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Jugglers

Francisco Aragón
She and I on a bench eating prawns:

the first day of her fiftieth year and she points
at two street performers about to juggle
fire, and a distant summer morning

surfaces, afloat on the light wind blowing
off the bay—older sisters in the dark, hiding
as big brother parades around the house

his hands outstretched clutching large candles
I'm on a search! he shouts,
marching from room to room

till he finds them huddling in a jungle 
of clothes, beacons flickering as flame-
hot wax begins to flow across his fingers...

while she is walking to Centro Adulto, her head brimming
with phrases: the words she needs so she can quit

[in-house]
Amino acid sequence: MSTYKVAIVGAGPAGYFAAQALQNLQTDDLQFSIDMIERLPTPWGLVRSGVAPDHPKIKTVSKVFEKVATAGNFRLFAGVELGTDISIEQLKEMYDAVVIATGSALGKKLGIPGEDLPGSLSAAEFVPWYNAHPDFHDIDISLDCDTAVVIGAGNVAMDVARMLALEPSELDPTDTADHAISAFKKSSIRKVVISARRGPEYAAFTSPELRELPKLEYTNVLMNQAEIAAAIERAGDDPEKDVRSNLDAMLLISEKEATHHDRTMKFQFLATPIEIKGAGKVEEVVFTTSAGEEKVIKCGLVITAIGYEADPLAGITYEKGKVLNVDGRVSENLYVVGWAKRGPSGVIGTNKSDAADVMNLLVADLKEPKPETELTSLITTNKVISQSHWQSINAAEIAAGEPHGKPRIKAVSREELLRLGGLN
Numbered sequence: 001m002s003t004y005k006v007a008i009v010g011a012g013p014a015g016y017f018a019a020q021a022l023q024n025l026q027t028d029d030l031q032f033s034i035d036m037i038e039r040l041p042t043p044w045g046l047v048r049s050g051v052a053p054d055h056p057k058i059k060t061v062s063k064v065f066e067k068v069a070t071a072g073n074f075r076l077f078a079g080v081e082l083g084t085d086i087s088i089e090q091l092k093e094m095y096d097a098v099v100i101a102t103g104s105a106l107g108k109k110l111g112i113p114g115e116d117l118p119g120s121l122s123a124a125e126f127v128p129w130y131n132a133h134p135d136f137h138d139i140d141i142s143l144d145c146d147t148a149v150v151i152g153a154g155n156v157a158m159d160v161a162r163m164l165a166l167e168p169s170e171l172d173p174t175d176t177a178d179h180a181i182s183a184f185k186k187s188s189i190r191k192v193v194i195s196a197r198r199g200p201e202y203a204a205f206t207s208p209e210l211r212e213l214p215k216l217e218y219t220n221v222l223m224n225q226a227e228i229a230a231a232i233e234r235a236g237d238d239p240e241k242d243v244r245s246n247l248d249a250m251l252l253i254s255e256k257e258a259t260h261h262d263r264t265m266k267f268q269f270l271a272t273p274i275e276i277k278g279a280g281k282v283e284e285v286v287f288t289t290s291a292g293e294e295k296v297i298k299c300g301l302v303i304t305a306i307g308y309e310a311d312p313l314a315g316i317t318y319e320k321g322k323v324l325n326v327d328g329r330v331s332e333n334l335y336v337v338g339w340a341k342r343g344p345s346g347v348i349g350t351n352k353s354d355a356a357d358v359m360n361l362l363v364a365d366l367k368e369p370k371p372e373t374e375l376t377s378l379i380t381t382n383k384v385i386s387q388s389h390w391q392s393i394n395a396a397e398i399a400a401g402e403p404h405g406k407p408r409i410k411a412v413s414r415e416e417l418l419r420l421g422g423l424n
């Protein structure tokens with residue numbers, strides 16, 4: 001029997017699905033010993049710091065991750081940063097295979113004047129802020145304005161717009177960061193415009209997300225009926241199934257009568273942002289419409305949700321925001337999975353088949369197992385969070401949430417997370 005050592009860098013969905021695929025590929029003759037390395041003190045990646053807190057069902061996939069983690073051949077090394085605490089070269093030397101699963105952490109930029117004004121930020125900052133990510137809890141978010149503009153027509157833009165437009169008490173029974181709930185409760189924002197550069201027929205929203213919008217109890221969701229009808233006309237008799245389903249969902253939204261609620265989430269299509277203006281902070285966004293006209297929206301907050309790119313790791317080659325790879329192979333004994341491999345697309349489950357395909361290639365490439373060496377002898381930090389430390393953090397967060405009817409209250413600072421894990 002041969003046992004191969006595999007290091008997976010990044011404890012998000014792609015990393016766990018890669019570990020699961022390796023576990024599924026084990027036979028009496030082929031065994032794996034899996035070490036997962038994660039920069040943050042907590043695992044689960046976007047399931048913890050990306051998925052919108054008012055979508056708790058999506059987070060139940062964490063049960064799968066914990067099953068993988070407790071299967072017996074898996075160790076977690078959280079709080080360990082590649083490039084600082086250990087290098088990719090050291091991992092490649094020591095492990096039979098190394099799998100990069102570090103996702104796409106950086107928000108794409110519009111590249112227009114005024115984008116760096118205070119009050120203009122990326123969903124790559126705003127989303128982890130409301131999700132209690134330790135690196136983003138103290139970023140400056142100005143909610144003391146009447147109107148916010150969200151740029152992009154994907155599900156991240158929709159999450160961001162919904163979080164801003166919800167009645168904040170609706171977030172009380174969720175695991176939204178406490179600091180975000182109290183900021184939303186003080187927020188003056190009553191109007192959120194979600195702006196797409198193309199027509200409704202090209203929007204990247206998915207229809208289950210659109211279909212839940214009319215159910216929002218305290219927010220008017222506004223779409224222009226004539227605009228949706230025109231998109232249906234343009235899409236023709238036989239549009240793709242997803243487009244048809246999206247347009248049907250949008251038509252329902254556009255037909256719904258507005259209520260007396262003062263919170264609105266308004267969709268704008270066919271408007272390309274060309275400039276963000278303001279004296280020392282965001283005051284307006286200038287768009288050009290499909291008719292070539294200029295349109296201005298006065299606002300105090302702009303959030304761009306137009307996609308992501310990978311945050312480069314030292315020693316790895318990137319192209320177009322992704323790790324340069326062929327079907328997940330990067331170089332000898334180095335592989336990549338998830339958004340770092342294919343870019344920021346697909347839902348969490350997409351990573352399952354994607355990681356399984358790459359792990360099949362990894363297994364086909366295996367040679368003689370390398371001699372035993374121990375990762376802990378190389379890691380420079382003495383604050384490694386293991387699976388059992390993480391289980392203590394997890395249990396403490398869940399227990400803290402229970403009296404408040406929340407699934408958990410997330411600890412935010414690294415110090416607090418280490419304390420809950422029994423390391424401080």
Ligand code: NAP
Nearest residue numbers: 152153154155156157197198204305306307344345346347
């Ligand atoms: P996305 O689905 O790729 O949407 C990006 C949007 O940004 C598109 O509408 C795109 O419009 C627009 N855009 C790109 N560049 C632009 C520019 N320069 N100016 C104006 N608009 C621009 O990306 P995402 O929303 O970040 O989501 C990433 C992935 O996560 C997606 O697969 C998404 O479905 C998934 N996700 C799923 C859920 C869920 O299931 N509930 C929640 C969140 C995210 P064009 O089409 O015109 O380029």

sewing, land a job in a bank; and the sitter

arriving minutes late, finding us wet
and trying to save a coat, a shirt, a dress—it's 
a small one: nothing the green hose

and frantic assembly-line of buckets
doesn’t eventually douse, leaving walls and curtains
the color of coal—¡Mira! she gasps

her left hand rapping my shoulder, still pointing with the right
as the torches,
from one juggler to the other,

begin to fly

                     for my mother (1932-1997)

Francisco Aragón